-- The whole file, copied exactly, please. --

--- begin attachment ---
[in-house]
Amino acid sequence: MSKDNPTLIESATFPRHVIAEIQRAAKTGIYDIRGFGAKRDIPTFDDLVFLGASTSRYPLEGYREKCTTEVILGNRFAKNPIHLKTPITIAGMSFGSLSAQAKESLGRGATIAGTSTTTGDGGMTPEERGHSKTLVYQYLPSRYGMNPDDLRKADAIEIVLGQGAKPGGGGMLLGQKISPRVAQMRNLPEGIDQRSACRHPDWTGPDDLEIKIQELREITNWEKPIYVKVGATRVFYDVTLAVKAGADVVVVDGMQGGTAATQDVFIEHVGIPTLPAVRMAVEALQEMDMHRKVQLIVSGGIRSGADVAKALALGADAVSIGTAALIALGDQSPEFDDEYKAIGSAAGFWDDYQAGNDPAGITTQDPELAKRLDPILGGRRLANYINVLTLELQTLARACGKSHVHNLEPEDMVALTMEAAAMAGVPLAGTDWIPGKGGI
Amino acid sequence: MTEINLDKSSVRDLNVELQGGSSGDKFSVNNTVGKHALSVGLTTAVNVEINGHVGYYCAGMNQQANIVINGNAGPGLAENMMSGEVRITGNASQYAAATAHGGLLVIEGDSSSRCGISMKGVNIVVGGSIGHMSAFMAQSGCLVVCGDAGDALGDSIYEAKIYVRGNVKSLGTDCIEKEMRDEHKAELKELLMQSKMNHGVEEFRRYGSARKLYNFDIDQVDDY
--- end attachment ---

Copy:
[in-house]
Amino acid sequence: MSKDNPTLIESATFPRHVIAEIQRAAKTGIYDIRGFGAKRDIPTFDDLVFLGASTSRYPLEGYREKCTTEVILGNRFAKNPIHLKTPITIAGMSFGSLSAQAKESLGRGATIAGTSTTTGDGGMTPEERGHSKTLVYQYLPSRYGMNPDDLRKADAIEIVLGQGAKPGGGGMLLGQKISPRVAQMRNLPEGIDQRSACRHPDWTGPDDLEIKIQELREITNWEKPIYVKVGATRVFYDVTLAVKAGADVVVVDGMQGGTAATQDVFIEHVGIPTLPAVRMAVEALQEMDMHRKVQLIVSGGIRSGADVAKALALGADAVSIGTAALIALGDQSPEFDDEYKAIGSAAGFWDDYQAGNDPAGITTQDPELAKRLDPILGGRRLANYINVLTLELQTLARACGKSHVHNLEPEDMVALTMEAAAMAGVPLAGTDWIPGKGGI
Amino acid sequence: MTEINLDKSSVRDLNVELQGGSSGDKFSVNNTVGKHALSVGLTTAVNVEINGHVGYYCAGMNQQANIVINGNAGPGLAENMMSGEVRITGNASQYAAATAHGGLLVIEGDSSSRCGISMKGVNIVVGGSIGHMSAFMAQSGCLVVCGDAGDALGDSIYEAKIYVRGNVKSLGTDCIEKEMRDEHKAELKELLMQSKMNHGVEEFRRYGSARKLYNFDIDQVDDY